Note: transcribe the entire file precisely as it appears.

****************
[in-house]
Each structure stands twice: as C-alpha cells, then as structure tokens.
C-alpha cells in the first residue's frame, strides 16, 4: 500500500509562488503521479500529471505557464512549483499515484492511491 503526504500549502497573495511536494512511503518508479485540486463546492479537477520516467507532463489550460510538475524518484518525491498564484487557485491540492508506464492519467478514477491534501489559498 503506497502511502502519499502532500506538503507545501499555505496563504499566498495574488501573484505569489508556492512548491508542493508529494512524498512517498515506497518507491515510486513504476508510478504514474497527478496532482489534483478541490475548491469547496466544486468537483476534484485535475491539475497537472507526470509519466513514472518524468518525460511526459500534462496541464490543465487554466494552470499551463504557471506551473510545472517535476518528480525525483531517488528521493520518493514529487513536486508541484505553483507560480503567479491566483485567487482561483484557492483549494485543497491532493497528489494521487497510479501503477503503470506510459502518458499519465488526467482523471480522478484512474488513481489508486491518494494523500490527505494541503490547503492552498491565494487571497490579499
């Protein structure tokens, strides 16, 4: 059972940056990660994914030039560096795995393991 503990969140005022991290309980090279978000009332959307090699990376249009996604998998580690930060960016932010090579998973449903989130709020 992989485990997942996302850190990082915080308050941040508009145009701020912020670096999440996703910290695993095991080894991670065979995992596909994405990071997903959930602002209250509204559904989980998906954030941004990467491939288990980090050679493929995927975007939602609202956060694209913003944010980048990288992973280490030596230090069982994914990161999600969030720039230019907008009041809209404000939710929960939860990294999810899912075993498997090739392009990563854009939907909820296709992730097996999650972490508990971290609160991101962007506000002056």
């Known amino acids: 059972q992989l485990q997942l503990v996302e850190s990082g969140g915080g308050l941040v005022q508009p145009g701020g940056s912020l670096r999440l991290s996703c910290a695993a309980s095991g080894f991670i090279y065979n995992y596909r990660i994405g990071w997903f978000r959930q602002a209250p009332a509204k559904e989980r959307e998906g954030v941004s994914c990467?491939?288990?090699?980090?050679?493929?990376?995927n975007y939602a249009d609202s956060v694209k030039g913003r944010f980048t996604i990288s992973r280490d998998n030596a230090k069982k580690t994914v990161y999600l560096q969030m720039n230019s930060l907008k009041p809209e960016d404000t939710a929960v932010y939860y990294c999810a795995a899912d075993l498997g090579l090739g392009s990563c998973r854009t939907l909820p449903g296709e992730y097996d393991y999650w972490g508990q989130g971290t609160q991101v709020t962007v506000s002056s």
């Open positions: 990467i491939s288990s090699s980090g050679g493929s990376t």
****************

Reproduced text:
[in-house]
Each structure stands twice: as C-alpha cells, then as structure tokens.
C-alpha cells in the first residue's frame, strides 16, 4: 500500500509562488503521479500529471505557464512549483499515484492511491 503526504500549502497573495511536494512511503518508479485540486463546492479537477520516467507532463489550460510538475524518484518525491498564484487557485491540492508506464492519467478514477491534501489559498 503506497502511502502519499502532500506538503507545501499555505496563504499566498495574488501573484505569489508556492512548491508542493508529494512524498512517498515506497518507491515510486513504476508510478504514474497527478496532482489534483478541490475548491469547496466544486468537483476534484485535475491539475497537472507526470509519466513514472518524468518525460511526459500534462496541464490543465487554466494552470499551463504557471506551473510545472517535476518528480525525483531517488528521493520518493514529487513536486508541484505553483507560480503567479491566483485567487482561483484557492483549494485543497491532493497528489494521487497510479501503477503503470506510459502518458499519465488526467482523471480522478484512474488513481489508486491518494494523500490527505494541503490547503492552498491565494487571497490579499
């Protein structure tokens, strides 16, 4: 059972940056990660994914030039560096795995393991 503990969140005022991290309980090279978000009332959307090699990376249009996604998998580690930060960016932010090579998973449903989130709020 992989485990997942996302850190990082915080308050941040508009145009701020912020670096999440996703910290695993095991080894991670065979995992596909994405990071997903959930602002209250509204559904989980998906954030941004990467491939288990980090050679493929995927975007939602609202956060694209913003944010980048990288992973280490030596230090069982994914990161999600969030720039230019907008009041809209404000939710929960939860990294999810899912075993498997090739392009990563854009939907909820296709992730097996999650972490508990971290609160991101962007506000002056």
């Known amino acids: 059972q992989l485990q997942l503990v996302e850190s990082g969140g915080g308050l941040v005022q508009p145009g701020g940056s912020l670096r999440l991290s996703c910290a695993a309980s095991g080894f991670i090279y065979n995992y596909r990660i994405g990071w997903f978000r959930q602002a209250p009332a509204k559904e989980r959307e998906g954030v941004s994914c990467?491939?288990?090699?980090?050679?493929?990376?995927n975007y939602a249009d609202s956060v694209k030039g913003r944010f980048t996604i990288s992973r280490d998998n030596a230090k069982k580690t994914v990161y999600l560096q969030m720039n230019s930060l907008k009041p809209e960016d404000t939710a929960v932010y939860y990294c999810a795995a899912d075993l498997g090579l090739g392009s990563c998973r854009t939907l909820p449903g296709e992730y097996d393991y999650w972490g508990q989130g971290t609160q991101v709020t962007v506000s002056s």
């Open positions: 990467i491939s288990s090699s980090g050679g493929s990376t």